It was a cross-sectional, descriptive, and analytical study.

Adult patients who were followed in the department from January 2010 to October 2018 for connectivitis and gave their informed consent were included.

Actually, we did not include, dead eligible patients or unable to answer the questions.

The diagnosis of connectivitis was made by hospital practitioners on the basis of diagnostic criteria specific to each connectivitis: ACR/EULAR for Systemic Lupus Erythematosus, Kahn’s classification for mixed connectivitis, International Consensus on the Update of Criteria for Antiphospholipid Syndromes, ACR/EULAR for systemic scleroderma. For each patient, anthropological (age, sex, ethnicity, religion), sociological (average consultation time, choice of first therapeutic recourse, reasons for choice, financial support for care), and clinical (medical history, type of connective tissue disease, complications) variables were studied.

To study the influence of choice on prognosis, two subgroups were formed: A = connectivitis without complications and B = connectivitis with complications.

Data collection was done using a survey form. Data analysis and processing were performed by EPI DATA.3.1. For comparisons, the Fischer Chi-square test was used, and a p < 0.05 indicated a significant difference.

3. Results

Among three thousand and six hundred patients that were hospitalized during the study period, 21 had connectivitis. In other words, we got a hospital frequency of 0.58%. Furthermore, over the 21 patients who were selected, 18 met the inclusion criteria.

3.1. Profile of the Patients

The mean age was 40 (±11) years old and the youngest was 21 and the oldest was 58. 94.4% of patients were female and “Fon” ethnic group was the most represented (33.3%) followed by “Goun” (16.7%) and “Mina” (11.1%) ethnic groups. Let’s note that 15 (83.3%) patients were Christians. The medical history of our patient was dominated by spontaneous miscarriage (27.8%). Arterial hypertension and stillbirths were also found in the same proportions (16.7%). Systemic lupus erythematosus (SLE) was the most frequent connectivitis (55.6%). The sociodemographic characteristics of the study population are presented in Table 1, and the distribution of the different connectivitis in Table 2.

Table 1. Socio-demographic characteristics.

Table 2. Repair of different connectivitis.

3.2. Therapeutic Itinerary of the Study Population

The average time to consultation was 38 months. The most common cause was witchcraft in 78% of the cases. Self-medication was the first choice (55.5%) of treatment. In addition, treatment by traditional medicine (27.8%) and prayer for healing (16.7%) were less frequent. The reasons for the first choice of treatment were about satisfaction (44.4%), financial problems (27.8%), trivialization of the disease (16.7%), and advice from family and friends (11.1%). The consultation at the CNHU followed either a referral from a first contact health structure (61%), the patient’s private initiative (27.8%), or the advice of a third person (5.6%). Financial responsibility for the care was assumed in 61.1% of cases by the patients themselves, and sometimes by their parents (22.2%) or spouses (16.1%).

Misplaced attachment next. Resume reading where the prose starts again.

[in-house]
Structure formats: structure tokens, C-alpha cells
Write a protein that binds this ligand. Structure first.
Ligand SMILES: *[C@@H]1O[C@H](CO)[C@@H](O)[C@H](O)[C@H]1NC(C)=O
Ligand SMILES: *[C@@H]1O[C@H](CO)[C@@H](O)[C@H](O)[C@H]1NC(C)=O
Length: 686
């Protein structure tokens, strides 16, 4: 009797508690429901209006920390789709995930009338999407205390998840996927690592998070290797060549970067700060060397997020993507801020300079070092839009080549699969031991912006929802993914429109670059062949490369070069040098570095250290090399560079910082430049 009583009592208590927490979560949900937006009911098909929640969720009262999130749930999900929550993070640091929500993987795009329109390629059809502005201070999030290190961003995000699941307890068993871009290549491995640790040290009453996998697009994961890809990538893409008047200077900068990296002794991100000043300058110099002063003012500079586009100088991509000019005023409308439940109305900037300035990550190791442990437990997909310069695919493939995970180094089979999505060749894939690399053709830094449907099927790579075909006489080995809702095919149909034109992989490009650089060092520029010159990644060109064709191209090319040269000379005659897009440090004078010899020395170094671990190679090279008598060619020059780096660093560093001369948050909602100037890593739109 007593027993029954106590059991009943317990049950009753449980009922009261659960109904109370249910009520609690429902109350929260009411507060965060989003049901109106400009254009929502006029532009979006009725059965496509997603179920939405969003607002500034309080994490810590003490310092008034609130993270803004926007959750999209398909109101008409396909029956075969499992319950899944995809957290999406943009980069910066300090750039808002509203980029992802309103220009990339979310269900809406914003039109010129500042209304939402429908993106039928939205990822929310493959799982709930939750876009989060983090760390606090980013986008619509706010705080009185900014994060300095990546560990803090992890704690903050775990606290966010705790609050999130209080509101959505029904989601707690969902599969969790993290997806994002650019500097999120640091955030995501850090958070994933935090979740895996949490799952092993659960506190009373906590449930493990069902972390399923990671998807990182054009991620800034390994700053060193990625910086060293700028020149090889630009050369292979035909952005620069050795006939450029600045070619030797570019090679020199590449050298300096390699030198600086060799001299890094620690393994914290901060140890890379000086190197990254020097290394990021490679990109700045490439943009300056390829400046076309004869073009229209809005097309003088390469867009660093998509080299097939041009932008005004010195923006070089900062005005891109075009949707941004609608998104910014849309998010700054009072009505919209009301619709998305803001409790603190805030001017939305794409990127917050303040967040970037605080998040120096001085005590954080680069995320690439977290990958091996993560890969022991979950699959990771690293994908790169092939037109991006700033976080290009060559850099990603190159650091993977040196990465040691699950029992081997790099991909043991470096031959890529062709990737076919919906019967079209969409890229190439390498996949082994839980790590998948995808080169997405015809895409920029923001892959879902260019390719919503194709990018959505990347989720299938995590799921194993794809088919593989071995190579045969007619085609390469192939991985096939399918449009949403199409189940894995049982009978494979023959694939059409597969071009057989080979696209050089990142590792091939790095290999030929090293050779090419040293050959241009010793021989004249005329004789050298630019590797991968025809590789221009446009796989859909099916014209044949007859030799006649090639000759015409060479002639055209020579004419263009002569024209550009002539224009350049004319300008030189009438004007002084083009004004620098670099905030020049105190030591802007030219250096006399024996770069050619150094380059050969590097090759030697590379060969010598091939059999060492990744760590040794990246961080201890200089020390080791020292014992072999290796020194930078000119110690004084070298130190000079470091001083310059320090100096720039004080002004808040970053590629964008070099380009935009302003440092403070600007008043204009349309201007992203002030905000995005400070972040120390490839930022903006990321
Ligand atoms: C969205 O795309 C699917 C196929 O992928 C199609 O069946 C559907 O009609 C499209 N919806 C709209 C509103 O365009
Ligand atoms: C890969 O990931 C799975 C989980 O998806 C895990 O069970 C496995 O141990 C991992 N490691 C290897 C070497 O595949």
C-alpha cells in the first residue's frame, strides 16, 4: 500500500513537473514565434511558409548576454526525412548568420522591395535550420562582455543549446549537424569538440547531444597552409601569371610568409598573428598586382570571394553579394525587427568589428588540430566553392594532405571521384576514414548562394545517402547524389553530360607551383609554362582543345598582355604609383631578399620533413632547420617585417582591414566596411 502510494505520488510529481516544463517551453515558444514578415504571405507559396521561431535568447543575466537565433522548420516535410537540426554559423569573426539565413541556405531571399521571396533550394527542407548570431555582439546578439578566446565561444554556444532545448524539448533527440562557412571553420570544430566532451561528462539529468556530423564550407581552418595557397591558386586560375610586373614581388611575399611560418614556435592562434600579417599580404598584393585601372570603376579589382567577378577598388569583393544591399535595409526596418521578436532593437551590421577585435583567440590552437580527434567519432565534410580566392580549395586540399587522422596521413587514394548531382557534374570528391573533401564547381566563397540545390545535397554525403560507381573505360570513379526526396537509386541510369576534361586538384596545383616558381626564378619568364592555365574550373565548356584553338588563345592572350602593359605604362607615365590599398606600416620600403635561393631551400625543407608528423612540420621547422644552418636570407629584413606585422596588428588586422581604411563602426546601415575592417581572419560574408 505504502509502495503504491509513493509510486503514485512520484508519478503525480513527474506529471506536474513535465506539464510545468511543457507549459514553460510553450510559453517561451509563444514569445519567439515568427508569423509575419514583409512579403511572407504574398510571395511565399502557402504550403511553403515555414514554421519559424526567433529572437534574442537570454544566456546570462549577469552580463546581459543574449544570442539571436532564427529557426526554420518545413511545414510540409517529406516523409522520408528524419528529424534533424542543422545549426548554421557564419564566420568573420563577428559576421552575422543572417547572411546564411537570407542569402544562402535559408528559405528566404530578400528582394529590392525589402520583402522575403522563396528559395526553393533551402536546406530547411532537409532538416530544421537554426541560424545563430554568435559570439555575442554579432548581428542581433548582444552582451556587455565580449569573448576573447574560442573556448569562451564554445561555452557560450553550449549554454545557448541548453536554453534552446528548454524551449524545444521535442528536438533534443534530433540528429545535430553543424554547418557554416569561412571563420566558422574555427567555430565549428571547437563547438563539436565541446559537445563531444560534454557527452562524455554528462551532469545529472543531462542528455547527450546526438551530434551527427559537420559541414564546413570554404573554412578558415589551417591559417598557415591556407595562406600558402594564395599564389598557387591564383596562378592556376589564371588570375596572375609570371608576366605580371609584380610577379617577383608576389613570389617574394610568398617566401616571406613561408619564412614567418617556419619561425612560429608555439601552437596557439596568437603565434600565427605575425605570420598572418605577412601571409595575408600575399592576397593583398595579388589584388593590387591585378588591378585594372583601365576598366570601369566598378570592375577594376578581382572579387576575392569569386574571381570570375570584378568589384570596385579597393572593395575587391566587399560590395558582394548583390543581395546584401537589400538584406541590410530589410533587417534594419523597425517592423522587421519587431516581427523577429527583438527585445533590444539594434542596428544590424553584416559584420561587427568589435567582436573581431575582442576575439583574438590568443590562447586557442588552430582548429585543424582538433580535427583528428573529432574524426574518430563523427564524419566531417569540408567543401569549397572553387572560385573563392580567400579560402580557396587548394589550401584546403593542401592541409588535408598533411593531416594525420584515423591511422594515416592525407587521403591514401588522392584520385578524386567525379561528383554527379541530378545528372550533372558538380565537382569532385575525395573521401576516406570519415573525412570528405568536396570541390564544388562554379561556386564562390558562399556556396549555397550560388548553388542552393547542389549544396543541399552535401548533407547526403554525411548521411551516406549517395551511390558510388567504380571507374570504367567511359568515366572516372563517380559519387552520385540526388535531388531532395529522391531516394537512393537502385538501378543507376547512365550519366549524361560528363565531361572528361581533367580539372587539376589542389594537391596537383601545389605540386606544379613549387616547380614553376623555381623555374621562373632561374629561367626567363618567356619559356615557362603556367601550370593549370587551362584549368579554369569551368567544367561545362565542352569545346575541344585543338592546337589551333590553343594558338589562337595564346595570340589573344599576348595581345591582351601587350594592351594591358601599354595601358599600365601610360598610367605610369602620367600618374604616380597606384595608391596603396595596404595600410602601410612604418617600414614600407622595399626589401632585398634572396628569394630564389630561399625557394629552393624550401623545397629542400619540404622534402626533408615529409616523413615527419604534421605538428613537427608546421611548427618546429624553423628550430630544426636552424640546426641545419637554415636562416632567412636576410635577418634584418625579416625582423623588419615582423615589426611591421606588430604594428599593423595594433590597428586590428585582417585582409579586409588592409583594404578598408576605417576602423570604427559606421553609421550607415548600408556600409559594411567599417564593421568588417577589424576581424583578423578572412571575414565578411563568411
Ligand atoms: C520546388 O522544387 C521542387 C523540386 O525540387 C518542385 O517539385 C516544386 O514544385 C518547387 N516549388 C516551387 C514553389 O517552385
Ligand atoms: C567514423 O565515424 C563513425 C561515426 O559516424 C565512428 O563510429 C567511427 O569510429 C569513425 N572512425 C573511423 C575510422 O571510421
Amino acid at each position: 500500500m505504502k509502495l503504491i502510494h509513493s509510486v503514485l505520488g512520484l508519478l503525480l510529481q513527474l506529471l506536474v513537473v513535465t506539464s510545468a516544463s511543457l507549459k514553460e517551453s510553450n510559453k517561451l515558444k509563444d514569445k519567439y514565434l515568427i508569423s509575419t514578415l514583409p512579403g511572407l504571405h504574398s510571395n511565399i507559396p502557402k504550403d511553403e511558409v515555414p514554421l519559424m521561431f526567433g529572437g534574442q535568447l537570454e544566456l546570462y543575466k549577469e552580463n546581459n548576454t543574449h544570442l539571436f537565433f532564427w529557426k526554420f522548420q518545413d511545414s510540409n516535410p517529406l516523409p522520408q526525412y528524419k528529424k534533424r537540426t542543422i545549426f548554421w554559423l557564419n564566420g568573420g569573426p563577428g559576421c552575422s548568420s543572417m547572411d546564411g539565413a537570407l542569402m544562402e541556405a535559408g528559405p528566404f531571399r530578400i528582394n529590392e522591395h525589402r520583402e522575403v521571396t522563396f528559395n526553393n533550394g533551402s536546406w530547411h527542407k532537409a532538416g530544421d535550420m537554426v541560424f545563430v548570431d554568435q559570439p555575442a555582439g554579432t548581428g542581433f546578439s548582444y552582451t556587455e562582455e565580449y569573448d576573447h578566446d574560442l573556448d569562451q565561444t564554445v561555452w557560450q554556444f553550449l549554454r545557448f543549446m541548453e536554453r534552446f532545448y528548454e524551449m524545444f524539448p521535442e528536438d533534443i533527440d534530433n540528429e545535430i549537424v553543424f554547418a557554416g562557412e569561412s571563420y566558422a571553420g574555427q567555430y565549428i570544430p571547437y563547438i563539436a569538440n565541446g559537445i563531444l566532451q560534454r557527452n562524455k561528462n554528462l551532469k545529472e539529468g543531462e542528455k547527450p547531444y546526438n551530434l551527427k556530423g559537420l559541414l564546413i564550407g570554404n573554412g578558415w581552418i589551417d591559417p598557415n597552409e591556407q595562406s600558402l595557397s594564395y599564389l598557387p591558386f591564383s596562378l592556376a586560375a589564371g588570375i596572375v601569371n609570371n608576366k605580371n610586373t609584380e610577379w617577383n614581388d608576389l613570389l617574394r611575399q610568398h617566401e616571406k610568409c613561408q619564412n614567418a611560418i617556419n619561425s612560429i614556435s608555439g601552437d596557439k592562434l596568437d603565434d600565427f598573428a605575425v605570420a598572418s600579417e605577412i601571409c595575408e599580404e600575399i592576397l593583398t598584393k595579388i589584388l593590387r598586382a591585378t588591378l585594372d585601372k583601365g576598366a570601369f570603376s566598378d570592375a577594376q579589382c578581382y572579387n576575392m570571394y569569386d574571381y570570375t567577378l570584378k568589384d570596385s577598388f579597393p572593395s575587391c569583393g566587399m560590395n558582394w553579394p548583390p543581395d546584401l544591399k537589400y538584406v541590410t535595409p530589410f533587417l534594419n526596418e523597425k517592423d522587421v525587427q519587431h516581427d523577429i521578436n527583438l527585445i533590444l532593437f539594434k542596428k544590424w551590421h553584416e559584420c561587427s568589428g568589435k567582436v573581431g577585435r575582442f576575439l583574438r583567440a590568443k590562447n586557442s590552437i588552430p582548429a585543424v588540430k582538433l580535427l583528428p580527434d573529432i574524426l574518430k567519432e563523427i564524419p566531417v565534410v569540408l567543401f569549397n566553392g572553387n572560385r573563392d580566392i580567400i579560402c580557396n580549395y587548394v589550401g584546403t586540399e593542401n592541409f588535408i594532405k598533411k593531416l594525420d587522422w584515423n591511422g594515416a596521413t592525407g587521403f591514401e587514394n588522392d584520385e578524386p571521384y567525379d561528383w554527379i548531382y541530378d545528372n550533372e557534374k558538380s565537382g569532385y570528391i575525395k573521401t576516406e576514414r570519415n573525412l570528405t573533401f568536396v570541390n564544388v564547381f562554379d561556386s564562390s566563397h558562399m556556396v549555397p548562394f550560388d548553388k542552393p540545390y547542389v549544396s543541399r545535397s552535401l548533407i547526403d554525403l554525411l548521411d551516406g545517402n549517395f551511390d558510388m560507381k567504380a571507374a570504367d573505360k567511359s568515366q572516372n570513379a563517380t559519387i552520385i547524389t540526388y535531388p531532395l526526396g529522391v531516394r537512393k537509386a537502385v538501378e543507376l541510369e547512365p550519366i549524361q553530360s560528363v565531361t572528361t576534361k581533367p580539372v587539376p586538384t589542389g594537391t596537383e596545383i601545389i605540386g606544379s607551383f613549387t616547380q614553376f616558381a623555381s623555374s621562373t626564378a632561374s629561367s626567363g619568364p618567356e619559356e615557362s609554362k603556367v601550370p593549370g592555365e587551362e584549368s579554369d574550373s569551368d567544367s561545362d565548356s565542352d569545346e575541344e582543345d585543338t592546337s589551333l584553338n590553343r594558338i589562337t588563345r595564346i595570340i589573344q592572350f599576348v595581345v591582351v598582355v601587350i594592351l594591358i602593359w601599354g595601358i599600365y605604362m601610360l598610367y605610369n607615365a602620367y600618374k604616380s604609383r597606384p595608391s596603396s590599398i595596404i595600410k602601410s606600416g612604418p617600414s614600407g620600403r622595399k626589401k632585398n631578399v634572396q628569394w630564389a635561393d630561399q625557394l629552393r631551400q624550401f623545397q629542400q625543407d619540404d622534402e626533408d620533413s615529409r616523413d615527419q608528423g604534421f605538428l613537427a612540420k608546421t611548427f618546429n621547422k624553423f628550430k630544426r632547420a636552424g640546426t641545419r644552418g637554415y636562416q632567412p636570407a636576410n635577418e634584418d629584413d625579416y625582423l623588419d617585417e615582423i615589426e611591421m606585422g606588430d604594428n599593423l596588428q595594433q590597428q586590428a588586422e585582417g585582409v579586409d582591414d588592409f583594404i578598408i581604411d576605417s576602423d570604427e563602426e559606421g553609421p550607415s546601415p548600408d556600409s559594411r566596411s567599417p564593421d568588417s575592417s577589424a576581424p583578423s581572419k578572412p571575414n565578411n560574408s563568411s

3.3. Factors Associated with the Occurrence of Complications

Five (27.8%) patients had complications, including pulmonary hypertension (2 cases), diffuse interstitial lung disease (1 case), lupus nephropathy (1 case) and pulmonary embolism (1 case). Patients with arterial hypertension as a comorbidity (p = 0.044) and those with a Christian religion (p = 0.002) presented more complications. There was no significant association with other risk factors. The factors associated with the occurrence of complications have been summarized in Table 3.

Table 3. Summary of factors associated with the occurrence of complications.

4. Discussion

In our study, the hospital frequency of connectivitis was 0.58%. It is higher than those found in Dakar (internal medicine) and Lomé (dermatology) that were, respectively, 0.14% and 0.2% [6] [7]. On the other hand, it is lower than the one that was found in rheumatology in Lomé and Ouagadougou, that were, respectively 0.8% and 2.29% [5] [7]. These hospital frequencies are low and it reflects the under-diagnosis of connectivitis in our country. The differences observed could be explained by the small size of our sample. They can also be explained by the fact that rheumatology is a specialty where osteoarticular manifestations of connectivitis are more frequently encountered.

The mean age of the patients was 40 (±11) years old with a minimum of 21 and a maximum of 58 years. This result was found in other works from the sub-region with an average age of 41.2 (±11.97) years old in Burkina Faso [5] and 43.7 in Senegal [6]. Connectivitis occurs in young people.